And that is that you get a much more cohesive conversation with Paypal (albeit eventually) over Twitter. You even get the same customer service rep every time.
I mean, I wouldn't need to have discovered the only way to have a sensible conversation is via Twitter versus via email* if someone hadn't decided to sign up to Paypal using my email address, and if Paypal didn't allow them to set up a bank/card account without needing to verify their email, which would have stopped the whole debacle in its tracks.
Which, in this day and age and with Google's bizarre "the dots aren't important" approach to email addresses, you would think would be a standard approach but apparently not. Unfortunately, the dots are important to quite literally everyone else, because I can't shut down this peculiar attempt at identity fraud because they omitted the dots in my account.
BUT! Apparently this person with the remarkably lax approach to personal and financial safety (they used my account to sign up for something else as well, which contained their full phone and address...) can't receive payment until they verify their account, and since they can't verify their account... I suspect their cunning plan is depressingly easily thwarted.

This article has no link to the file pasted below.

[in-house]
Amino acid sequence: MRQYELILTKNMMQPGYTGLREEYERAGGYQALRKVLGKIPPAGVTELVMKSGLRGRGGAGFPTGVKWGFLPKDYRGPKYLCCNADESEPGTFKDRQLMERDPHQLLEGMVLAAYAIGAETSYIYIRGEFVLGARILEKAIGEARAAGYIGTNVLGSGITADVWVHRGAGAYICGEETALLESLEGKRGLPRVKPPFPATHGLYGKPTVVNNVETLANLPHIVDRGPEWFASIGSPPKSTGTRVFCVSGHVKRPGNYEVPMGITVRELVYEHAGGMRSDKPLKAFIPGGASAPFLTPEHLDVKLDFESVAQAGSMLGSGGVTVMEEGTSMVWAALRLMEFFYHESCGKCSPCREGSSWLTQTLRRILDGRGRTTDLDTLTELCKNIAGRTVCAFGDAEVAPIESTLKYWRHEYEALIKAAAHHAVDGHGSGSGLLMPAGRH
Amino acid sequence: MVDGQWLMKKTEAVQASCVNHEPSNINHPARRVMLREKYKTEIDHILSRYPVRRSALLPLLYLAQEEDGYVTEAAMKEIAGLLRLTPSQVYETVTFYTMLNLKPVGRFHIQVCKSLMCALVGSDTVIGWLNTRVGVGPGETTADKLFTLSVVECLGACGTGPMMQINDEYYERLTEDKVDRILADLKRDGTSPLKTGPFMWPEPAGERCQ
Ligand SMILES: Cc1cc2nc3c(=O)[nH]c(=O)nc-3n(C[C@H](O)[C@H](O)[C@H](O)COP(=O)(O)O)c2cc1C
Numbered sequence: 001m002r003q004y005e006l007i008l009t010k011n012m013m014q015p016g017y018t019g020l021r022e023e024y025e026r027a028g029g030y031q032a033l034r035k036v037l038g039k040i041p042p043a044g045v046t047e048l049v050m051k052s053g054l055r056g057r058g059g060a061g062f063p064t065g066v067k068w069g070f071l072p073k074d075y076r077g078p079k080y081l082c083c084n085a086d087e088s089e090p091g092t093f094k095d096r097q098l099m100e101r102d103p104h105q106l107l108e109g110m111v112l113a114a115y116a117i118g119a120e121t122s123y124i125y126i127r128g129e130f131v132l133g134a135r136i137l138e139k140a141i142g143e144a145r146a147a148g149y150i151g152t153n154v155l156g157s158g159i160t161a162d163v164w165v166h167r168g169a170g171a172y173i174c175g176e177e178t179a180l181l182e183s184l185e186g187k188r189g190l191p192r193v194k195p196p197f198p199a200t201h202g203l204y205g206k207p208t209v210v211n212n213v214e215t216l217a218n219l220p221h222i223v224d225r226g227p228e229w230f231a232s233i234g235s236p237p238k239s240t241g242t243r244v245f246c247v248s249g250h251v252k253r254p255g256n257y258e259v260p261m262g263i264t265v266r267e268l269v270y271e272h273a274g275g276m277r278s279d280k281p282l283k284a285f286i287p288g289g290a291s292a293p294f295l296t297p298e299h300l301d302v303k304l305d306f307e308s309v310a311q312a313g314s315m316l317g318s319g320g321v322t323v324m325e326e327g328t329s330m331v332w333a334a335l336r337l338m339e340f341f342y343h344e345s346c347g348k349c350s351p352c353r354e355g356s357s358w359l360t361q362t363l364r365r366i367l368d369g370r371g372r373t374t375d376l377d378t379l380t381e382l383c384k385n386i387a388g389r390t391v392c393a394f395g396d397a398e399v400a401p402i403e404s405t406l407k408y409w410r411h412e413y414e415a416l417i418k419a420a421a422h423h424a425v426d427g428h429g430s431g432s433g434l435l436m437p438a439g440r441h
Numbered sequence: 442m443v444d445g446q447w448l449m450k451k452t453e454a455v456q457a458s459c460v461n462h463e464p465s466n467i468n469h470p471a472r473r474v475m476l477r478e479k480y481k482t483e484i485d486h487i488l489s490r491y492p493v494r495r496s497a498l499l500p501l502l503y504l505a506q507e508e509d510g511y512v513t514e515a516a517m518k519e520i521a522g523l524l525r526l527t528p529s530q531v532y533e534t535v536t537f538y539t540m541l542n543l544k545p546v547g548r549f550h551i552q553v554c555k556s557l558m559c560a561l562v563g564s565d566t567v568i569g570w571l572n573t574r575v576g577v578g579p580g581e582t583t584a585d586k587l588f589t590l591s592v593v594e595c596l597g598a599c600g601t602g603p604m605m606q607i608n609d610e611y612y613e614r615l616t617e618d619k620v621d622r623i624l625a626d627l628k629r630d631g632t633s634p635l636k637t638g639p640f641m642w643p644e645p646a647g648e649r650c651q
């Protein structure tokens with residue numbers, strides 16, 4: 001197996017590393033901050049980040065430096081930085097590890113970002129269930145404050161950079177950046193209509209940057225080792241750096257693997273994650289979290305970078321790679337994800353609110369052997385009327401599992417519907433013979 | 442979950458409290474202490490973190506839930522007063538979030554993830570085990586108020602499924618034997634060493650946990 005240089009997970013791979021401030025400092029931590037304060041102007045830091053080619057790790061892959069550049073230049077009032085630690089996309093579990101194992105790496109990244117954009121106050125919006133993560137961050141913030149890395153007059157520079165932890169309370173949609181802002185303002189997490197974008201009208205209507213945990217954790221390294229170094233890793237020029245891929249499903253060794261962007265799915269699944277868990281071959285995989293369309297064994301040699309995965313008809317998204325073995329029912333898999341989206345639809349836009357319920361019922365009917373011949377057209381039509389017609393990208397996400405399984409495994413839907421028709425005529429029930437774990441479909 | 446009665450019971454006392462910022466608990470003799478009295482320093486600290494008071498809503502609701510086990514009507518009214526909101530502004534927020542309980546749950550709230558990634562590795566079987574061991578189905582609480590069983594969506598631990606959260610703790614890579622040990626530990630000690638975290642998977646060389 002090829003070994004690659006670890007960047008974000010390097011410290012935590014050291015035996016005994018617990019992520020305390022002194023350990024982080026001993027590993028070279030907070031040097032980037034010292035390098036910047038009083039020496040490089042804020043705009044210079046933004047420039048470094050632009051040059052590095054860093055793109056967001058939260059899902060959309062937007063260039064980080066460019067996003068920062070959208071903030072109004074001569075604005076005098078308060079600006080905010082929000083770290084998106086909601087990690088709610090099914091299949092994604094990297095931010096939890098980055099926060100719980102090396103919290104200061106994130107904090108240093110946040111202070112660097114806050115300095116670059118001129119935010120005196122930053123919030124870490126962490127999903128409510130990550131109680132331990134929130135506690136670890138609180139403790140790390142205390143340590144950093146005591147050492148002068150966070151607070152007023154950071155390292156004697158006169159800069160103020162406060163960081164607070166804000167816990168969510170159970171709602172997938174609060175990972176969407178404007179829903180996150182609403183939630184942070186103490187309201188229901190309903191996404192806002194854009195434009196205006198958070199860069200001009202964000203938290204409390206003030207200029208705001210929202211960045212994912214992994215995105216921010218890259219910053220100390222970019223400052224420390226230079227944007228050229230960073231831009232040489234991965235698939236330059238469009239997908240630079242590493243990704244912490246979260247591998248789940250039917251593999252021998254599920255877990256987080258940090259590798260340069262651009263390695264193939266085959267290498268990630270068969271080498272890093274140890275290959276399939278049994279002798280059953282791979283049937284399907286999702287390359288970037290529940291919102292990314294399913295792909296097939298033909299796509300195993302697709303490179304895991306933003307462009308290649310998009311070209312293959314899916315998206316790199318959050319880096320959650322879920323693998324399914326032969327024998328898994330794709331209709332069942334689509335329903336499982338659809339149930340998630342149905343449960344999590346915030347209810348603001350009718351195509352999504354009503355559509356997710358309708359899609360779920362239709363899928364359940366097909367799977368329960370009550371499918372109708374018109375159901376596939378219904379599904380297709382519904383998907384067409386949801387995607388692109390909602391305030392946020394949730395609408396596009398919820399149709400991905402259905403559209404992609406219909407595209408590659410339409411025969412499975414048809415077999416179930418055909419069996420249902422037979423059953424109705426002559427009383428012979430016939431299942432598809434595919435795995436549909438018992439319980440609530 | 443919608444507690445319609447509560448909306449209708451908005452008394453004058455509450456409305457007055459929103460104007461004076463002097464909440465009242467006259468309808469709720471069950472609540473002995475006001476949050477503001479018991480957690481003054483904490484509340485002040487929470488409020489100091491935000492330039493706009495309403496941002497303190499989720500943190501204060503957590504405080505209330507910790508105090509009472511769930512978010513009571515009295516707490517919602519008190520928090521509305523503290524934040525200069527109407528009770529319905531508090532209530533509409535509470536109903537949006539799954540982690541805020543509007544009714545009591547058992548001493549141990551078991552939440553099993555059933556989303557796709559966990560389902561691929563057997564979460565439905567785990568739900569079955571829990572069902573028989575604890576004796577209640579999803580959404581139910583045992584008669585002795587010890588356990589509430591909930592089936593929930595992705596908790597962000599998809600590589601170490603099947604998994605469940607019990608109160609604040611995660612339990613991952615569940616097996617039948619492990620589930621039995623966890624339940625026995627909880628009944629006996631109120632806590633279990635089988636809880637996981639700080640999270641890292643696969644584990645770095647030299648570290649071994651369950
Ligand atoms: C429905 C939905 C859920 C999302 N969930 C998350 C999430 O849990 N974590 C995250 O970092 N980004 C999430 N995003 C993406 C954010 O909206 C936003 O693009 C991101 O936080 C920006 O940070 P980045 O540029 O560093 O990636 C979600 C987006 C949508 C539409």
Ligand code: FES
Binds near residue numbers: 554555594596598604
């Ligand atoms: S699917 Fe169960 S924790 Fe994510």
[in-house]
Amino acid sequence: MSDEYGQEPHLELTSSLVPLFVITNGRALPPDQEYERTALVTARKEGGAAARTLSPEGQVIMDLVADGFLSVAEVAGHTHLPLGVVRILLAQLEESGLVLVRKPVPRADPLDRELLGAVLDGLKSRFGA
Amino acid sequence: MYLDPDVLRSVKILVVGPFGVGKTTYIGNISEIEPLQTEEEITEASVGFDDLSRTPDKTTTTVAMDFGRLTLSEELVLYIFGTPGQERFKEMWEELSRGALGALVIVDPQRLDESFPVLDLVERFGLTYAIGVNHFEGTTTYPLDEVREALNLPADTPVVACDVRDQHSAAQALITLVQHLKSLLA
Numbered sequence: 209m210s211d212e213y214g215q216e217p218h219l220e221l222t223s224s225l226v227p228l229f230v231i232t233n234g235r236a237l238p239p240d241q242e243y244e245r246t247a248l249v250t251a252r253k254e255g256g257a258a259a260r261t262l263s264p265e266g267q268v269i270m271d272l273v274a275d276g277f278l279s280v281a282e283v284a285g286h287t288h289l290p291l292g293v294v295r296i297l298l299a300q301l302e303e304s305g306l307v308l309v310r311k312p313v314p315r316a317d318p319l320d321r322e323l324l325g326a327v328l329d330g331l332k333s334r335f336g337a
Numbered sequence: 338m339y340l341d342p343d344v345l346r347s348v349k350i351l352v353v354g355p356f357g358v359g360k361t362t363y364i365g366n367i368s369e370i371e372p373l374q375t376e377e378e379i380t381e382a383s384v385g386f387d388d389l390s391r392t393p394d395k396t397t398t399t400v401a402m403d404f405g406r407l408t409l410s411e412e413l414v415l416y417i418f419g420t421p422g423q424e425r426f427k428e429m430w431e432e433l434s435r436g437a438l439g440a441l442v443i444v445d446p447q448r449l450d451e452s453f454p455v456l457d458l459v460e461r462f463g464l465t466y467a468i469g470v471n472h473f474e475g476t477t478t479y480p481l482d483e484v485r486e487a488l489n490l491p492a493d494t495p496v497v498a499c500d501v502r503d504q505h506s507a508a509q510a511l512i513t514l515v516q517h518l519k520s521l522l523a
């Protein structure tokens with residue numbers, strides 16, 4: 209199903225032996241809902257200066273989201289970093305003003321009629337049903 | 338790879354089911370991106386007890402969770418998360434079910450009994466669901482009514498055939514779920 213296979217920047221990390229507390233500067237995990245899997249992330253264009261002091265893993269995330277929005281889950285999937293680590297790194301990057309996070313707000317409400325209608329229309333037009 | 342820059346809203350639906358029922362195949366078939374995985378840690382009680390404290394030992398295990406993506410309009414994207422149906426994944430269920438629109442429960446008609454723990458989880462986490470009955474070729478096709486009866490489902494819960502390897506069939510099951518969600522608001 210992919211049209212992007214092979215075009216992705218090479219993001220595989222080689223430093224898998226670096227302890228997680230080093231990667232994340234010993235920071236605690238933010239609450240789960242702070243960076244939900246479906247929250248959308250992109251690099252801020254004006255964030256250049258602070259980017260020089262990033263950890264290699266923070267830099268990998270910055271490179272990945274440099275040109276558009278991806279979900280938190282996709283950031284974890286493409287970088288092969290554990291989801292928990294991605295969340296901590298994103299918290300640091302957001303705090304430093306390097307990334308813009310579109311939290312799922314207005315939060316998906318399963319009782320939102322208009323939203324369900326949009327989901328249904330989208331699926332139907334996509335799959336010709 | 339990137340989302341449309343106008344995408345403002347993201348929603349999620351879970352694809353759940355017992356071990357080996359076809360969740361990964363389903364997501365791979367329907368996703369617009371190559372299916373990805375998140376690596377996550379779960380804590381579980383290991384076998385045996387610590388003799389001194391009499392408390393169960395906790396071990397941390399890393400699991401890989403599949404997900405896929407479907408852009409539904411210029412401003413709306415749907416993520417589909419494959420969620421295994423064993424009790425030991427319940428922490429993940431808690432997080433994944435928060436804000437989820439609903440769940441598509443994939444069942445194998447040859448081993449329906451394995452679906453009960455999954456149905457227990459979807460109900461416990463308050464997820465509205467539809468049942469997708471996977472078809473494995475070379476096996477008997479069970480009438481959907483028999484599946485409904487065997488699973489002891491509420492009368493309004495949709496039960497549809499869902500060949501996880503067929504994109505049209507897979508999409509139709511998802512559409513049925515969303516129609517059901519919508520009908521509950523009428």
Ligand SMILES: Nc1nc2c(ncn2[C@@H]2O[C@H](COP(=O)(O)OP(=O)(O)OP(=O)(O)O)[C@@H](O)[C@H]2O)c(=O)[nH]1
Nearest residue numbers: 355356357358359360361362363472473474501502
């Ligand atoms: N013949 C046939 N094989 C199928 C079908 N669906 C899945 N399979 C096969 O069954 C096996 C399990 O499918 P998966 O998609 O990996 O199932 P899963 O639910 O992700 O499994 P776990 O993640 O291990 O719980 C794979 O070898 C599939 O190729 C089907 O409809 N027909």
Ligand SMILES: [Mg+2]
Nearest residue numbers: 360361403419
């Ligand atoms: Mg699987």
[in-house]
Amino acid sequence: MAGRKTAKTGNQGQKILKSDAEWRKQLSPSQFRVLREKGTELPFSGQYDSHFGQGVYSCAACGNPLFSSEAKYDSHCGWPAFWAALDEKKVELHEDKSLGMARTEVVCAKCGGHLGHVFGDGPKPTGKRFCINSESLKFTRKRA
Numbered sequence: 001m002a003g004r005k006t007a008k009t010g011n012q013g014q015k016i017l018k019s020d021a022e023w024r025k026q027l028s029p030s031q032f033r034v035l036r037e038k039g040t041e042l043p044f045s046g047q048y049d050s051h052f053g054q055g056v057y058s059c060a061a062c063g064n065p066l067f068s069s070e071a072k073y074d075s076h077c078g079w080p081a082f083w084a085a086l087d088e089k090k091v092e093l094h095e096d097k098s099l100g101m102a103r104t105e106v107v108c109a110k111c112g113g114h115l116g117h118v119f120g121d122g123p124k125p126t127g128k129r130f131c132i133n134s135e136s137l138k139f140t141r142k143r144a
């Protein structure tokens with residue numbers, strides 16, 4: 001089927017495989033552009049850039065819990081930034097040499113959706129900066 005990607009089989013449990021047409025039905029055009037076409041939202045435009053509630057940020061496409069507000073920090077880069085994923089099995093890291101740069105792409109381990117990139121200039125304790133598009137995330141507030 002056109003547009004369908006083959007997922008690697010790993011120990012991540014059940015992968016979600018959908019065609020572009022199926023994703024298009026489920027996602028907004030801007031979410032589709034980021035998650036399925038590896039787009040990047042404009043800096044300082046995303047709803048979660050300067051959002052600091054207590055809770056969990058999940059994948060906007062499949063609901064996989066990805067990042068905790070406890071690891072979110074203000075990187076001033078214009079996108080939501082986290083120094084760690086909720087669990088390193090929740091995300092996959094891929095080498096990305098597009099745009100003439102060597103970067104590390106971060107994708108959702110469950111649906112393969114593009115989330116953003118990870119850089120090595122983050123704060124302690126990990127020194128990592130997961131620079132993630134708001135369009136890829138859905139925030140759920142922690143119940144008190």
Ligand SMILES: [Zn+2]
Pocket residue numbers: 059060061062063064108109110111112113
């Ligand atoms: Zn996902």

Or possibly it's all a big scam, albeit perpetrated by the world's worst scammer.
Either way, if you need to contact Paypal, Twitter is a great approach.
* I had a problem with my account maybe ten years ago and Paypal were the most spectacularly unhelpful entity ever. Email, phone, nothing worked. I just kept getting the same badly-cobbled-together form responses again, and again, and again... until they (eventually) asked for a notarised fax of my passport.
I can only assume they thought a photocopy of my passport signed by a lawyer would be an inconvenient and relatively expensive thing to obtain (think £20 per signed copy at the time). Unfortunately for them, I worked in a solicitor's office. I just asked a lawyer to sign it and then sent it from a machine that conveniently printed "_______ Solicitors" at the top.
It was resolved within a day.
Asexual, aromantic, and transmasc non-binary. No, I have no idea how I ended up writing romance either.